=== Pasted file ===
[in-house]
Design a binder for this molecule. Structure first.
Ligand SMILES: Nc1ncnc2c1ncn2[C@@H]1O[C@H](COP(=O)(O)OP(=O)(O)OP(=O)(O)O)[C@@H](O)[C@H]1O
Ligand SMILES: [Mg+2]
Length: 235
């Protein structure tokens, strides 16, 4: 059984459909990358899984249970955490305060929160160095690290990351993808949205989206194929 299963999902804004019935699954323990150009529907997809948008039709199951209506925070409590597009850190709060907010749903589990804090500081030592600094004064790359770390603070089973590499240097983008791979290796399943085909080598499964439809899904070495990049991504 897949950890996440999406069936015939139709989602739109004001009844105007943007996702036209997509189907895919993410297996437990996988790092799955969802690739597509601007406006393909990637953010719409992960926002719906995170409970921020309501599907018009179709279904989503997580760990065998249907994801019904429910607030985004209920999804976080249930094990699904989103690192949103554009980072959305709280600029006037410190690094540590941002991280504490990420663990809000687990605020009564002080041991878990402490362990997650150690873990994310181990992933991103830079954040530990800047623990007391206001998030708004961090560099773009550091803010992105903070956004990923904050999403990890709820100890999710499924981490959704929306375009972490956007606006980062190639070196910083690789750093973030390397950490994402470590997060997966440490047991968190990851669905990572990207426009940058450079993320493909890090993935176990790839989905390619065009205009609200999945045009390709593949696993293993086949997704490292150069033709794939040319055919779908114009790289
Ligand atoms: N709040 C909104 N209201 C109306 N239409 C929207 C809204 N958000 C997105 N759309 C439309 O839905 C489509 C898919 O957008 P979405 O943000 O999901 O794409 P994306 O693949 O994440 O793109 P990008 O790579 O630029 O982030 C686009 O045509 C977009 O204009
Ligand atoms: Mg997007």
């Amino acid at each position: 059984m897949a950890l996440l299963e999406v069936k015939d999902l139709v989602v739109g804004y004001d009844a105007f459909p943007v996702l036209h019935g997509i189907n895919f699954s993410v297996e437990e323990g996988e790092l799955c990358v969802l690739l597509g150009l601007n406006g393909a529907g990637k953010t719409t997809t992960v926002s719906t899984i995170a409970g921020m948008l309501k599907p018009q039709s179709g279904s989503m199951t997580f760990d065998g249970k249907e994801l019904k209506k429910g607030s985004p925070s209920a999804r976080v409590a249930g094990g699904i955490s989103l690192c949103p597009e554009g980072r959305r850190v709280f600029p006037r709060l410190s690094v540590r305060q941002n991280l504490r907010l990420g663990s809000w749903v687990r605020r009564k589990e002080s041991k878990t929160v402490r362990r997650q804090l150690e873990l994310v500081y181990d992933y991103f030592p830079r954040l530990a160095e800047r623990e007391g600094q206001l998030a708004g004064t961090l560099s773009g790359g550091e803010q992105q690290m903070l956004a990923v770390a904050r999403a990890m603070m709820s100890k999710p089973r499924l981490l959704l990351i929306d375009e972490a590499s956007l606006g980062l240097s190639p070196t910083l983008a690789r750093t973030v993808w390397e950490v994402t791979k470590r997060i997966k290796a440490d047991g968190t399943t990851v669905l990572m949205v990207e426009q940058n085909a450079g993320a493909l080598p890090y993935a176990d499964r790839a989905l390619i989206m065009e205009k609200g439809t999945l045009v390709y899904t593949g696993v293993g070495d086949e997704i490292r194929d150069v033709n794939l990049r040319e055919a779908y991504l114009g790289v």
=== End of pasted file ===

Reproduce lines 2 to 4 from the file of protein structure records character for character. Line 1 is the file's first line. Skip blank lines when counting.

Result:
Design a binder for this molecule. Structure first.
Ligand SMILES: Nc1ncnc2c1ncn2[C@@H]1O[C@H](COP(=O)(O)OP(=O)(O)OP(=O)(O)O)[C@@H](O)[C@H]1O
Ligand SMILES: [Mg+2]